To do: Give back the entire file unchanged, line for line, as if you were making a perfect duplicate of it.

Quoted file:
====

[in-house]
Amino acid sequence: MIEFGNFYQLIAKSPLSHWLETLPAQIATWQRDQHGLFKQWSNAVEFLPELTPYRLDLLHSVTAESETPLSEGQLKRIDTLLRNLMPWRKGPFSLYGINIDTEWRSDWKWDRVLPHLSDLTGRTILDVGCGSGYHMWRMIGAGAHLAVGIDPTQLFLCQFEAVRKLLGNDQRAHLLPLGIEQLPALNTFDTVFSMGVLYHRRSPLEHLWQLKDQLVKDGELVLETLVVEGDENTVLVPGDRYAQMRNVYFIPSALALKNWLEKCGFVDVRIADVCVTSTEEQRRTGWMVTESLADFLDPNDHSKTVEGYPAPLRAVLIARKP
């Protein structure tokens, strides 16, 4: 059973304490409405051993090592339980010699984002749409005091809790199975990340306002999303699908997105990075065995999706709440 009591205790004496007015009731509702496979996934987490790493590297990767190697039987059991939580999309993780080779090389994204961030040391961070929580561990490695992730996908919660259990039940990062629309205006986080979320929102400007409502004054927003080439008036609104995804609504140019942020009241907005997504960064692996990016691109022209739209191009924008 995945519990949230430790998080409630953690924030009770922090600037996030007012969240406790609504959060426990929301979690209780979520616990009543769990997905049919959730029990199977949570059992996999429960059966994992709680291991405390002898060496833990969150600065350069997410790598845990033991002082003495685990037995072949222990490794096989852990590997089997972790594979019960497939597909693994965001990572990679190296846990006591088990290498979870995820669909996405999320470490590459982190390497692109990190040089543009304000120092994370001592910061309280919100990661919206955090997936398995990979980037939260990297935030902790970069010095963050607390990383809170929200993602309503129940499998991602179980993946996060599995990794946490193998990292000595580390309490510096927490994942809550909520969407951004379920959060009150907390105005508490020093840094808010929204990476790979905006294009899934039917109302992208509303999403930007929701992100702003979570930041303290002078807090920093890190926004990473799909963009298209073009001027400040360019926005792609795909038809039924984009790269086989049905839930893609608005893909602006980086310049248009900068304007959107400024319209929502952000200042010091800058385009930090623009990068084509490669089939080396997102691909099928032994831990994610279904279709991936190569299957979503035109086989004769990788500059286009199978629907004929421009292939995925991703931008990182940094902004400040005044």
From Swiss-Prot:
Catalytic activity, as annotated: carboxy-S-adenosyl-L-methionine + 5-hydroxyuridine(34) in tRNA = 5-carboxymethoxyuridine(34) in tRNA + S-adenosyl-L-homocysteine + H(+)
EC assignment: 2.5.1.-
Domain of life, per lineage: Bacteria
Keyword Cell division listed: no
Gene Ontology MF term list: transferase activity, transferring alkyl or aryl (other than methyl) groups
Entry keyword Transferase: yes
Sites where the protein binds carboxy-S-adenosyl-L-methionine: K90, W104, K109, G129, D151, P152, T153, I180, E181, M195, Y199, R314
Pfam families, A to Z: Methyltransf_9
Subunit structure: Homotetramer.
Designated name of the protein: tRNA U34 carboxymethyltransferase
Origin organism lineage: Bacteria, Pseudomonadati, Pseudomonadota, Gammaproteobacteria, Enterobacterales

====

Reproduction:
[in-house]
Amino acid sequence: MIEFGNFYQLIAKSPLSHWLETLPAQIATWQRDQHGLFKQWSNAVEFLPELTPYRLDLLHSVTAESETPLSEGQLKRIDTLLRNLMPWRKGPFSLYGINIDTEWRSDWKWDRVLPHLSDLTGRTILDVGCGSGYHMWRMIGAGAHLAVGIDPTQLFLCQFEAVRKLLGNDQRAHLLPLGIEQLPALNTFDTVFSMGVLYHRRSPLEHLWQLKDQLVKDGELVLETLVVEGDENTVLVPGDRYAQMRNVYFIPSALALKNWLEKCGFVDVRIADVCVTSTEEQRRTGWMVTESLADFLDPNDHSKTVEGYPAPLRAVLIARKP
């Protein structure tokens, strides 16, 4: 059973304490409405051993090592339980010699984002749409005091809790199975990340306002999303699908997105990075065995999706709440 009591205790004496007015009731509702496979996934987490790493590297990767190697039987059991939580999309993780080779090389994204961030040391961070929580561990490695992730996908919660259990039940990062629309205006986080979320929102400007409502004054927003080439008036609104995804609504140019942020009241907005997504960064692996990016691109022209739209191009924008 995945519990949230430790998080409630953690924030009770922090600037996030007012969240406790609504959060426990929301979690209780979520616990009543769990997905049919959730029990199977949570059992996999429960059966994992709680291991405390002898060496833990969150600065350069997410790598845990033991002082003495685990037995072949222990490794096989852990590997089997972790594979019960497939597909693994965001990572990679190296846990006591088990290498979870995820669909996405999320470490590459982190390497692109990190040089543009304000120092994370001592910061309280919100990661919206955090997936398995990979980037939260990297935030902790970069010095963050607390990383809170929200993602309503129940499998991602179980993946996060599995990794946490193998990292000595580390309490510096927490994942809550909520969407951004379920959060009150907390105005508490020093840094808010929204990476790979905006294009899934039917109302992208509303999403930007929701992100702003979570930041303290002078807090920093890190926004990473799909963009298209073009001027400040360019926005792609795909038809039924984009790269086989049905839930893609608005893909602006980086310049248009900068304007959107400024319209929502952000200042010091800058385009930090623009990068084509490669089939080396997102691909099928032994831990994610279904279709991936190569299957979503035109086989004769990788500059286009199978629907004929421009292939995925991703931008990182940094902004400040005044």
From Swiss-Prot:
Catalytic activity, as annotated: carboxy-S-adenosyl-L-methionine + 5-hydroxyuridine(34) in tRNA = 5-carboxymethoxyuridine(34) in tRNA + S-adenosyl-L-homocysteine + H(+)
EC assignment: 2.5.1.-
Domain of life, per lineage: Bacteria
Keyword Cell division listed: no
Gene Ontology MF term list: transferase activity, transferring alkyl or aryl (other than methyl) groups
Entry keyword Transferase: yes
Sites where the protein binds carboxy-S-adenosyl-L-methionine: K90, W104, K109, G129, D151, P152, T153, I180, E181, M195, Y199, R314
Pfam families, A to Z: Methyltransf_9
Subunit structure: Homotetramer.
Designated name of the protein: tRNA U34 carboxymethyltransferase
Origin organism lineage: Bacteria, Pseudomonadati, Pseudomonadota, Gammaproteobacteria, Enterobacterales